Skip Content
U.S. Flag

Senate Chamber Desks

Overview    |    Seating Plans    |    Desk Occupants    |    The Desks    |    Traditions    |    Timeline

Desk 21 (XXI)

TitleDesk, Senate Chamber, 21 (XXI)
Artist/Makerafter T. Constantine & Co. (1817 - 1826) 
Date19th or early 20th century
MediumMahogany, mahogany veneer and rosewood veneer (primary)
Dimensions h. 35.75 x  w. 26.75 x  d. 20.12 in. ( h. 90.8 x  w. 67.94 x  d. 51.11 cm)
Credit LineU.S. Senate Collection
Accession Number66.00021.001

  • Object Description
  • This mahogany writing desk was made specifically for use in the Senate’s legislative chamber in the U.S. Capitol, and is one of 100 desks that are similarly constructed and used daily by senators. It features two shaped and fluted legs, a bookshelf supported by mahogany spindles, a drawer, a hinged writing top with storage, and a removable wooden tray for writing tools. Decorative enhancements, including figured mahogany veneers and circular roundels, reflect the designs of the original 48 desks created for the Senate in 1819 by the New York cabinetmaking firm T. Constantine & Co. Over the years, many senators have inscribed their names in the interior of the desk drawers, making each drawer a unique way of linking current and past desk users. Desk occupants can change every two years with a new Congress, and are based on seniority.

  • Artist/Maker
  • Thomas Constantine (1791–1849) was born in Derbyshire, England, and he and his family immigrated to New York City when he was two. Between 1806 and 1812, Constantine apprenticed with New York City cabinetmaker John Hewitt, and then served as a journeyman in the same shop between 1812 and 1814. Thomas opened his own cabinet shop in 1815, and in 1817 his firm, T. Constantine & Co., began competing with some of the city’s most notable furniture manufacturers.

    Constantine received his most celebrated commissions as Congress prepared to reoccupy the U.S. Capitol after it had been damaged by fires set by British soldiers in August 1814. In 1818, Constantine received a contract to provide the House of Representatives Chamber with carpets, wall hangings, lamps, 192 chairs, and 51 tables. The following year, Constantine was awarded a contract to furnish the Senate Chamber with 48 mahogany armchairs and desks, as well as other furnishings, lighting, and textiles. Constantine’s brother, John (1796–1845) is known to have assisted with the upholstery of the chairs made for both chambers.

    Although scholars consider Constantine’s work for the House and Senate to be the apex of his relatively brief career, T. Constantine & Co. produced furniture into the 1820s. He closed his furniture store in the summer of 1824 and furniture manufactory in 1826. Today furnishings by T. Constantine & Co. are represented in various collections, including the National Park Service, National Museum of American History, North Carolina Museum of History, U.S. House of Representatives, and Winterthur Museum.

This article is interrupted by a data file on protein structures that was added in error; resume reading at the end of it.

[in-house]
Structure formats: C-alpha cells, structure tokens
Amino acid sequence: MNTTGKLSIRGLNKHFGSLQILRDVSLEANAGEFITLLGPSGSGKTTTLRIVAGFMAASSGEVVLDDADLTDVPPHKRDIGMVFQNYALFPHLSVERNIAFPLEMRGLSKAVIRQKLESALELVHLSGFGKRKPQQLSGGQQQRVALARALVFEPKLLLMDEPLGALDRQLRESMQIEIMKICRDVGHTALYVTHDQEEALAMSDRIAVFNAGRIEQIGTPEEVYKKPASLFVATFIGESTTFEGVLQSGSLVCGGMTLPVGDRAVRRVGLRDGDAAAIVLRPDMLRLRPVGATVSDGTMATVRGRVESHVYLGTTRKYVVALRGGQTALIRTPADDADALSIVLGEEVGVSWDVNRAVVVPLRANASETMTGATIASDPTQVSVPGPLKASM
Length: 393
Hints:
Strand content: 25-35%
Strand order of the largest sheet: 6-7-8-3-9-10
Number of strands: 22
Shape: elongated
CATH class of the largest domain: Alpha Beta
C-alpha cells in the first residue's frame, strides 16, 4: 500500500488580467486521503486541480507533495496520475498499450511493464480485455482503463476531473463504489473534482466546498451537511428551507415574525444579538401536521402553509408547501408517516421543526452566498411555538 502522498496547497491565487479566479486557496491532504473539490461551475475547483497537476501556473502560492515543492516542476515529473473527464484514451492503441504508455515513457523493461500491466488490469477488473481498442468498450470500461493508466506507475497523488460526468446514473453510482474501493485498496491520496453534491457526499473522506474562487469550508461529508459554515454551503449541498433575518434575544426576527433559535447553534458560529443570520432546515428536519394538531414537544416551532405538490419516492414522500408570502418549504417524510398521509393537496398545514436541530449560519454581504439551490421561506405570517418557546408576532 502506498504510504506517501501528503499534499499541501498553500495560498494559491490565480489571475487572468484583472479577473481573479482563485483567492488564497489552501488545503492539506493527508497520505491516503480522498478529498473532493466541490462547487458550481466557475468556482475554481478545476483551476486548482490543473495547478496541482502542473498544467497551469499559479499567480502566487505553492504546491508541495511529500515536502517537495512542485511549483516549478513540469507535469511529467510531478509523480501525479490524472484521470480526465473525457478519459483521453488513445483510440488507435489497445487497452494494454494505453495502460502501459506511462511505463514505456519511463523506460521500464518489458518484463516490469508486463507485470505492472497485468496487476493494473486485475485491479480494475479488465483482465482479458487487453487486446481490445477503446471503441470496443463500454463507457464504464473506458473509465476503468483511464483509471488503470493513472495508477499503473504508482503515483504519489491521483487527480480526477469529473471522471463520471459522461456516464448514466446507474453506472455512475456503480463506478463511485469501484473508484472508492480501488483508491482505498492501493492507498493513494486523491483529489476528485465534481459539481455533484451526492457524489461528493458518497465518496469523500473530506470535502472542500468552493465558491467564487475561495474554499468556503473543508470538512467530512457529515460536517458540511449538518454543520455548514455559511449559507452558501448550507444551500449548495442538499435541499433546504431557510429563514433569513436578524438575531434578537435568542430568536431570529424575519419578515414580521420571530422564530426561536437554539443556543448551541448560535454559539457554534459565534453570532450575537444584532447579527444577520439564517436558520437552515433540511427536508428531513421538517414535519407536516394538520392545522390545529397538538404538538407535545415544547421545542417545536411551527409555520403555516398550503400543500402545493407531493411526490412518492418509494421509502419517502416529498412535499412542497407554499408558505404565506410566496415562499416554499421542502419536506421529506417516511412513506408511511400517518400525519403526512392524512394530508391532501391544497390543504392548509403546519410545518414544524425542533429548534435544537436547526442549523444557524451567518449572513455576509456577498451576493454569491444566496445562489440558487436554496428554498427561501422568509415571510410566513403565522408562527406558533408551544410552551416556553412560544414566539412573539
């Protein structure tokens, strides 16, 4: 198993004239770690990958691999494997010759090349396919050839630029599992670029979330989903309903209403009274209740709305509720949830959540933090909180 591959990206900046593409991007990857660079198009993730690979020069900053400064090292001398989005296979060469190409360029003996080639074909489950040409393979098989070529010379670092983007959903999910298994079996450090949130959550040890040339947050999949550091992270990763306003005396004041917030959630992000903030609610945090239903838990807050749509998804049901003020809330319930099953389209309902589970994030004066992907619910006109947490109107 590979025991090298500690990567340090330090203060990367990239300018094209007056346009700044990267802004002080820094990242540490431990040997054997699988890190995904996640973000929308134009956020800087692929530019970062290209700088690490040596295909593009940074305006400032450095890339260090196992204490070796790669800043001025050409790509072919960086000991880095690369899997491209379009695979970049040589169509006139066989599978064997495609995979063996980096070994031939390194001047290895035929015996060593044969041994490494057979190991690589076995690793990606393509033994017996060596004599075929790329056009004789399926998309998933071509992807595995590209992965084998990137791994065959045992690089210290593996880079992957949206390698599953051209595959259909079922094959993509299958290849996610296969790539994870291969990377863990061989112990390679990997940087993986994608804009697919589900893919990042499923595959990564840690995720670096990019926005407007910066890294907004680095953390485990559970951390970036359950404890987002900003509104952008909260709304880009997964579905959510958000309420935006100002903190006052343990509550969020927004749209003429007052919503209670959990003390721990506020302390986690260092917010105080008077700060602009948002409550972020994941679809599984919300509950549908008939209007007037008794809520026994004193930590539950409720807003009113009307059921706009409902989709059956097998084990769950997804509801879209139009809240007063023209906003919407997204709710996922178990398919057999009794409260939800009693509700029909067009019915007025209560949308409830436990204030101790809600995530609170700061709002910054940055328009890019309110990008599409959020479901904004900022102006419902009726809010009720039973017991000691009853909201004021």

For more information on Thomas Constantine, see Matthew A. Thurlow, “Aesthetics, Politics, and Power in Early-Nineteenth-Century Washington: Thomas Constantine & Co.’s Furniture for the United States Capitol, 1818-1819" in American Furniture (Chipstone Foundation, 2006).

  • Desk Occupants
  • The senators' names listed in this table include both names inscribed in the desk drawer and, beginning with the 99th Congress, the names of all senators who occupied this desk.

    Order Senator State Party
    1SpencerSelden P. SpencerMissouriR Republican
    2McCormickJoseph M. McCormickIllinoisR Republican
    3OddieTasker L. OddieNevadaR Republican
    4GreeneFrank L. GreeneVermontR Republican
    5SteiwerFrederick SteiwerOregonR Republican
    6VandenbergArthur H. VandenbergMichiganR Republican
    7BurtonTheodore E. BurtonOhioR Republican
    8AllenHenry J. AllenKansasR Republican
    9SullivanPatrick J. SullivanWyomingR Republican
    10DavisJames J. DavisPennsylvaniaR Republican
    11SchuylerKarl C. SchuylerColoradoR Republican
    12HatchCarl A. HatchNew MexicoD Democrat
    13BilboTheodore G. BilboMississippiD Democrat
    14AndrewsCharles O. AndrewsFloridaD Democrat
    15MurdockOrrice A. Murdock, Jr.UtahD Democrat
    16MillerJohn E. MillerArkansasD Democrat
    17AikenGeorge D. AikenVermontR Republican
    18FergusonHomer S. FergusonMichiganR Republican
    19CordonGuy CordonOregonR Republican
    20MorseWayne L. MorseOregonR, I, D
    21YoungMilton R. YoungNorth DakotaR Republican
    22SchoeppelAndrew F. SchoeppelKansasR Republican
    23ButlerJohn M. ButlerMarylandR Republican
    24BushPrescott S. BushConnecticutR Republican
    25BenderGeorge H. BenderOhioR Republican
    26MartinEdward MartinPennsylvaniaR Republican
    27RandolphJennings RandolphWest VirginiaD Democrat
    28PellClaiborne de Borda PellRhode IslandD Democrat
    29StevensonAdlai E. Stevenson, IIIIllinoisD Democrat
    30McIntyreThomas J. McIntyreNew HampshireD Democrat
    31FlandersRalph E. FlandersVermontR Republican
    32WelkerHerman WelkerIdahoR Republican
    33HarrisFred R. HarrisOklahomaD Democrat
    34DurkinJohn A. DurkinNew HampshireD Democrat
    35ZorinskyEdward ZorinskyNebraskaD Democrat
    36DixonAlan J. DixonIllinoisD Democrat
    37BingamanJeff BingamanNew MexicoD Democrat
    38HarkinTom HarkinIowaD Democrat
    39GrahamBob GrahamFloridaD Democrat
    40SchumerCharles E. SchumerNew YorkD Democrat
    41StabenowDebbie StabenowMichiganD Democrat
    42HaganKay R. HaganNorth CarolinaD Democrat
    43HeinrichMartin HeinrichNew MexicoD Democrat
  • Related Objects